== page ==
Archive for December 3rd, 2009


Blogosphere Explorations: Playing D&D with Porn Stars

I’m going to assume that, like a cursed scroll, the mere act of reading the words Playing D&D with Porn Stars triggered the title of inexorable eyeball attraction spell that Zak S. so cunningly crafted. Since then you certainly will have been a regular reader of his blog, held there long after the initial geas has worn off by the range and erudition of his thought, his effortless humor, and the contemplation of what looks from this side of the magic mirror like some awesome actual play. Many of us might have wished for an old-school blogger who combined the theoretical insight of a James Maliszewski, the drive towards awesome, gonzo,¬†and funny of a Jeff Rients, and the how-to impulses & artistic skills of a Rob Conley -but if you were the one to tell the genie you wanted porn stars in the mix my hat’s off to you.

Making that assumption will excuse the following self-centeredness, which experienced blogosphere explorers probably already have a ring of resistance against anyway. But just as in thinking about Grognardia I wind up talking about my personal introduction to blogs, the old-school renaissance, and the standard to which I aspire, in thinking about Playing D&D with Porn Stars I wind up contemplating the question how can my blogging be as cool as that. Here are some tips for me and my fellow Mules, which by reading between the lines may perhaps help the gentle reader figure out why they should be reading Zak’s blog if they’re somehow not already, or identify why they like it so much when they do.

1) A post called “A Picture is Worth 1,000 XP” should have a picture in it. ¬†Maldoor’s analysis there is classic and insightful, except that it’s actually a chart! I don’t think that the Mule is going to challenge Zak S. when it comes to eyeball kicks like the first image here unless, perhaps, we get Greengoat to post more often. That’s cool; we’ve got our own analytic turf (with stats-happy mathematical and Talmudic textual sub-divisions) that he’s unlikely to invade unless his circle of professional acquaintances changes to involve people who spend more time looking at spreadsheets and document version-change lists than at attractive unclothed human beings. (As James M.’s Grognardia bio used to say before its current diabolical leader of the Old School Taliban incarnation: “Oh, the pain.”)

But, of the rest of the images in that post, only one other is Zak’s work; the rest are simply awesome images he’s found and shared for our enlightenment. Surely we could do so once in a while, with the result that the Mule’s labors would be more pleasing to the eye than our typical wall of text.

And while my DM notes aren’t as mystifyingly attractive as the sketches Zak drew to prep for this adventure (are those hit locations?) I too have found it useful to make little graphic aids for myself as I experiment with ways to digest the Caverns of Thracia text into topical chunks I can throw down as necessary. Now that the Patriarch of the Dark One is no more, I should post the one-page doodle on which I wrote out the infamous “will or won’t he express his wrath with an insect swarm” d6 table. Note: it’s probably the act of drawing these things that makes them useful for prep, not their intrinsic aesthetic qualities, but I would spend many a gaming dollar proving that to myself if a publisher were to conduct the experiment.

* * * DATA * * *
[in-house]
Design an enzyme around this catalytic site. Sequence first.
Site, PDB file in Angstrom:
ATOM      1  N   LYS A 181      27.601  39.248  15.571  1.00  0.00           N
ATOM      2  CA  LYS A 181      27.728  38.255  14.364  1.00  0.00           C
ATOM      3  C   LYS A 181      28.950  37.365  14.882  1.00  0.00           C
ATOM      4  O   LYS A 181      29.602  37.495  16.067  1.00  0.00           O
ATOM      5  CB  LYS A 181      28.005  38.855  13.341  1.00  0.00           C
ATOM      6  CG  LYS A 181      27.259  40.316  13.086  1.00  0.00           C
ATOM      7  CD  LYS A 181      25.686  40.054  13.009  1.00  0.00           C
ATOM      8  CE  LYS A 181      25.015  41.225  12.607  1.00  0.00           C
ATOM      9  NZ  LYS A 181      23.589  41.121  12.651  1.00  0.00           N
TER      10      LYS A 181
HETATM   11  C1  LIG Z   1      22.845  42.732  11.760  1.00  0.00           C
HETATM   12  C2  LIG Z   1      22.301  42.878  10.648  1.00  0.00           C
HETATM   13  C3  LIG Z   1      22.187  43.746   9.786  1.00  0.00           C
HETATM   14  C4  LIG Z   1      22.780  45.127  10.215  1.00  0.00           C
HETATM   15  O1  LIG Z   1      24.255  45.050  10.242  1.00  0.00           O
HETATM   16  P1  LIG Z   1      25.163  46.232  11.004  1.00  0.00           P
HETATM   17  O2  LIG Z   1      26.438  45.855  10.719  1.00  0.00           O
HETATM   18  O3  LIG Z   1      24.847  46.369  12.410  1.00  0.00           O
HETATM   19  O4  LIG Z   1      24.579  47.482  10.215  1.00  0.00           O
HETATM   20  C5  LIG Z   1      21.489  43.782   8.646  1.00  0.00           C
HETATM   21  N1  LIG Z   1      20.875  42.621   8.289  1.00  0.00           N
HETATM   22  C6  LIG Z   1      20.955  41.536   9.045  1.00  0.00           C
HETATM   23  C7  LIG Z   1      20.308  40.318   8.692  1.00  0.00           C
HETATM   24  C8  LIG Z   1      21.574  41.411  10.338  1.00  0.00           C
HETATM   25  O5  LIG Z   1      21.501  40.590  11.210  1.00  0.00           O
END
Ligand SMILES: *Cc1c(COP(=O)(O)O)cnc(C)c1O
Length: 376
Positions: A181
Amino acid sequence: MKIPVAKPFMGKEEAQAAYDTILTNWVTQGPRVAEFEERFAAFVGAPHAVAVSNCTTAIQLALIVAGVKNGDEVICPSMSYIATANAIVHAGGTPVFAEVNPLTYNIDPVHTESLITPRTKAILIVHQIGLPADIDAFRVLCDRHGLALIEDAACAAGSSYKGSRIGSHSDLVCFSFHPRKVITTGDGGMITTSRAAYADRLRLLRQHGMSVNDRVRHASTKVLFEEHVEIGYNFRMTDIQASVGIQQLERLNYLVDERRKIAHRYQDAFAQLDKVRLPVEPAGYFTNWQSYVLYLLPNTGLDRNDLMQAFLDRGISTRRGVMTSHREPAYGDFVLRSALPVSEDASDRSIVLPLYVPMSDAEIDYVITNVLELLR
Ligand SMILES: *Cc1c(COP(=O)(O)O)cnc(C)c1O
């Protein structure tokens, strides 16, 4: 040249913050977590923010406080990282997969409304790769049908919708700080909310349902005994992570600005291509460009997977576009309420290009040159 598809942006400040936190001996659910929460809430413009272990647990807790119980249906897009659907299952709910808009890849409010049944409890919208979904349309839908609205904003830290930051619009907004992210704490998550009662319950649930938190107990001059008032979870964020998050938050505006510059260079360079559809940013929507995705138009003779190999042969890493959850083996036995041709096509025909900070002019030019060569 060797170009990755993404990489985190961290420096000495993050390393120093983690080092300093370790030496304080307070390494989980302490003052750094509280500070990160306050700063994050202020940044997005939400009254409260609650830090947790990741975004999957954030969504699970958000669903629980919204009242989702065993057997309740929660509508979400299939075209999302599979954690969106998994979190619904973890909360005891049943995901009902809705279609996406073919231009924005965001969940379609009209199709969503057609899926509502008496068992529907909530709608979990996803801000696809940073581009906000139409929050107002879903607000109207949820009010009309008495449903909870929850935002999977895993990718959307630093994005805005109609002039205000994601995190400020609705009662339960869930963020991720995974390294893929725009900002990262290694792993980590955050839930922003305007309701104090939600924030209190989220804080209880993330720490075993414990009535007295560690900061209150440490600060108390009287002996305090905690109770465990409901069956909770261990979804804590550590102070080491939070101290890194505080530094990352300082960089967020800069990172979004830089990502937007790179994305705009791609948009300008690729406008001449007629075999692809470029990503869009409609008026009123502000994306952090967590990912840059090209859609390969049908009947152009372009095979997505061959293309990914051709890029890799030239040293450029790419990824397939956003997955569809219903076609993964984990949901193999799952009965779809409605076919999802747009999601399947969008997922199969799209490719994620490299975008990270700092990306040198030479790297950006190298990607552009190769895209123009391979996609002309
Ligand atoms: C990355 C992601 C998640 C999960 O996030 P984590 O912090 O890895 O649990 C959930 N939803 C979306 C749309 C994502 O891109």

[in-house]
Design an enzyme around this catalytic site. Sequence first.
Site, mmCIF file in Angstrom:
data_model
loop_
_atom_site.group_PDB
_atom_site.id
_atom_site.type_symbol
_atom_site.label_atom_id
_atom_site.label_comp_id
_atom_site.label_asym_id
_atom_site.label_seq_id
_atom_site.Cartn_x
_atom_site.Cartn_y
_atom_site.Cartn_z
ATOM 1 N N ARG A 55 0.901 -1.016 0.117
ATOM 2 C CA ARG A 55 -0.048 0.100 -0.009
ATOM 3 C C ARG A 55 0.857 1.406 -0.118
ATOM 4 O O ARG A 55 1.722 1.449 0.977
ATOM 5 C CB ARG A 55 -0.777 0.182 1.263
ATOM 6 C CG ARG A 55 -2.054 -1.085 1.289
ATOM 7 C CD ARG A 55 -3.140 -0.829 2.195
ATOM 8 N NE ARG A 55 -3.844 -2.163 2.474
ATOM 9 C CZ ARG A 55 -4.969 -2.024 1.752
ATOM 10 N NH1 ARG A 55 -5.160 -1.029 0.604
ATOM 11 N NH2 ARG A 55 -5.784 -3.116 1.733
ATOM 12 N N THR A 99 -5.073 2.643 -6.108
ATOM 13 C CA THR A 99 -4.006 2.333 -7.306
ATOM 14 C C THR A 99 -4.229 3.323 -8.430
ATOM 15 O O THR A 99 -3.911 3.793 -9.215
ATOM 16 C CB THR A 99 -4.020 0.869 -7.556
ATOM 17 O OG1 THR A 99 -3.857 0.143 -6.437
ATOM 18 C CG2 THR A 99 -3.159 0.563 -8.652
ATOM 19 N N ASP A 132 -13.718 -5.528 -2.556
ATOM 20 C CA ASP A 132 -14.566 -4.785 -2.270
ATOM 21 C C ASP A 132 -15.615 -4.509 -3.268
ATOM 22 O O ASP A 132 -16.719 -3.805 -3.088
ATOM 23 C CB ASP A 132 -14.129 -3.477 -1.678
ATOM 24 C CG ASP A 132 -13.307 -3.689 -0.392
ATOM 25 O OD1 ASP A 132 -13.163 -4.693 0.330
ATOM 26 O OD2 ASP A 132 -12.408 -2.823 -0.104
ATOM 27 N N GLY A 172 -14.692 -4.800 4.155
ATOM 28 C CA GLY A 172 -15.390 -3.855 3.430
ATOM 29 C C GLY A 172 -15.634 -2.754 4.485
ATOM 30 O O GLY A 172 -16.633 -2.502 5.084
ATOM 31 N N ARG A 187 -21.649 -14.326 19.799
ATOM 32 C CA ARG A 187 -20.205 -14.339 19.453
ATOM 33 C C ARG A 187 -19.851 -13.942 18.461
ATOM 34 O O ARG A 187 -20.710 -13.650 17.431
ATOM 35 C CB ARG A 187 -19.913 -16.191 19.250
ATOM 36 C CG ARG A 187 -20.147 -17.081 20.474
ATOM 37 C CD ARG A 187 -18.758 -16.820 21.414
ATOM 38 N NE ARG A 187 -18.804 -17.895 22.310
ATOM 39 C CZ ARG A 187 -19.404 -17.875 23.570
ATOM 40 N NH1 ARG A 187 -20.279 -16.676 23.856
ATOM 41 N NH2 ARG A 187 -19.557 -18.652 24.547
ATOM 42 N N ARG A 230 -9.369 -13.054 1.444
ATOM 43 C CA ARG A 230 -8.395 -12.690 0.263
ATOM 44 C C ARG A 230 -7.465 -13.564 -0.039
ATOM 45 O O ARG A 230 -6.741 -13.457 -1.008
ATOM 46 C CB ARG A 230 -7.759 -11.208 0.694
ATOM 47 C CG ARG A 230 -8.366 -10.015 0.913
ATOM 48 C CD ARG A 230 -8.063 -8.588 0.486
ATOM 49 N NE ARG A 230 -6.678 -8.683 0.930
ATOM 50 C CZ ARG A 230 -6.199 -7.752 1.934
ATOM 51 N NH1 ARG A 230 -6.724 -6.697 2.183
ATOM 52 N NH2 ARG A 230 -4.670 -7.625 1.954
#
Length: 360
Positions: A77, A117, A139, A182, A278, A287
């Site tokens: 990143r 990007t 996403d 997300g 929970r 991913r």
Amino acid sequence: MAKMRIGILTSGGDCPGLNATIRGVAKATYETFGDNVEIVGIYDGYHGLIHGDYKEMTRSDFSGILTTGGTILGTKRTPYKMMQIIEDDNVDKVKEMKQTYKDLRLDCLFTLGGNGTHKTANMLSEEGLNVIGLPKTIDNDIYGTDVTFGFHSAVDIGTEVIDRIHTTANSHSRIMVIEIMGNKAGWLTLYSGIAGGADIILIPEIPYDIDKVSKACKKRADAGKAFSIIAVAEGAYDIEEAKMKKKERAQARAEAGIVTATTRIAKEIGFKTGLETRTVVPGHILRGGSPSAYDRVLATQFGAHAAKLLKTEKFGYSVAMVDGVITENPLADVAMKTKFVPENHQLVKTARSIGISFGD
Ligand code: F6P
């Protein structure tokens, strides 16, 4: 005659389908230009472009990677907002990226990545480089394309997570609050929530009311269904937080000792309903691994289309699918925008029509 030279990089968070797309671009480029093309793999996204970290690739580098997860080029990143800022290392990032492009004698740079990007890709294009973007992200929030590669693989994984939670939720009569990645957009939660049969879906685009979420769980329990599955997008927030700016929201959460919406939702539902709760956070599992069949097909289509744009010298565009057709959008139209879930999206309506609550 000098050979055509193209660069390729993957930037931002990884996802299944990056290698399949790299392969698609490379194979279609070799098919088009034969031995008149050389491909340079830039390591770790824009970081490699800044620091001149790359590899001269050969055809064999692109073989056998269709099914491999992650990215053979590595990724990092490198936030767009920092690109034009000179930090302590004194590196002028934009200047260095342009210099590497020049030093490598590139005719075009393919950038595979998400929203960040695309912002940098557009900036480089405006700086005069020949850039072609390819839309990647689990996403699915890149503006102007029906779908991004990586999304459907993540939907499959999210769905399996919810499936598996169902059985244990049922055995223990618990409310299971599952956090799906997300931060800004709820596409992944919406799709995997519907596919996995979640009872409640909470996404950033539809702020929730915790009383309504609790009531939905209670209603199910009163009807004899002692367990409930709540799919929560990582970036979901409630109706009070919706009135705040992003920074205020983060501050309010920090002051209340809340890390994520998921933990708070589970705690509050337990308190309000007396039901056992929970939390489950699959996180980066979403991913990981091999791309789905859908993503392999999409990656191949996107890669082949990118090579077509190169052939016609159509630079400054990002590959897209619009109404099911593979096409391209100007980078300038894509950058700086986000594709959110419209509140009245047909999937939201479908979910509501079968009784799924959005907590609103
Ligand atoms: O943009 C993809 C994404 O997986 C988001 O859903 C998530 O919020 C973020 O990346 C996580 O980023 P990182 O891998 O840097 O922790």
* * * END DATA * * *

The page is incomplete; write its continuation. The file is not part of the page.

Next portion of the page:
I’ve seen character sketches around our table that are as fun to look at as the doodles in “What My Players Are Doing When They’re Supposed To Be Listening To My Enthralling Descriptions Of 10′ x 10′ Rooms“. Let those be scanned and posted so that we can do exhaustive psychographic analysis of the effects of listening to Lady Gaga in a public space vs. being able to choose to play Roky Erikson in one’s own home. Which brings me to:

2) We should talk more about the social environment of play. Backstage at the Mule, James has a draft of a post in which he argues that the old-school collective has already figured out most of the things we set out to talk about. (Finish that one so we can talk about it!) To my mind, actual play and the issues around it are maybe the most important things left to discuss, especially as they relate to the old school. Is it true that rules-light games are easier to hook new players with? If so, how can we do that best? What can our West Marches-style campaigns offer to busy adults who don’t have the extended playing time we used to, and how do we adapt to rules that seem to expect we still do? How do we encourage new players to take the initiative necessary for sandbox freedom, and overcome the mal-adaptive assumptions about play that experienced players bring with them?

At the end of the day, the interesting things about Zak S.’s blog aren’t that he plays with porn stars, but that those are often people who are new to the game. My favorite posts of his share his practical insights about introducing new PCs, discuss the managing human beings aspect of DMing, or give glimpses of how they roll in the rest of the world, where people have big dining room tables.

Our situation here in NYC may not be as sexy, but it’s still unusual to most everyone else. We have literally millions of potential players in our thirty-mile hex, but a dire shortage of Mom’s basements. Circumstances force us to be out and proud; let’s share what we’ve learned from that and get ideas about how we can improve our outreach.

And also – more eye candy.

Past Adventures of the Mule

December 2009

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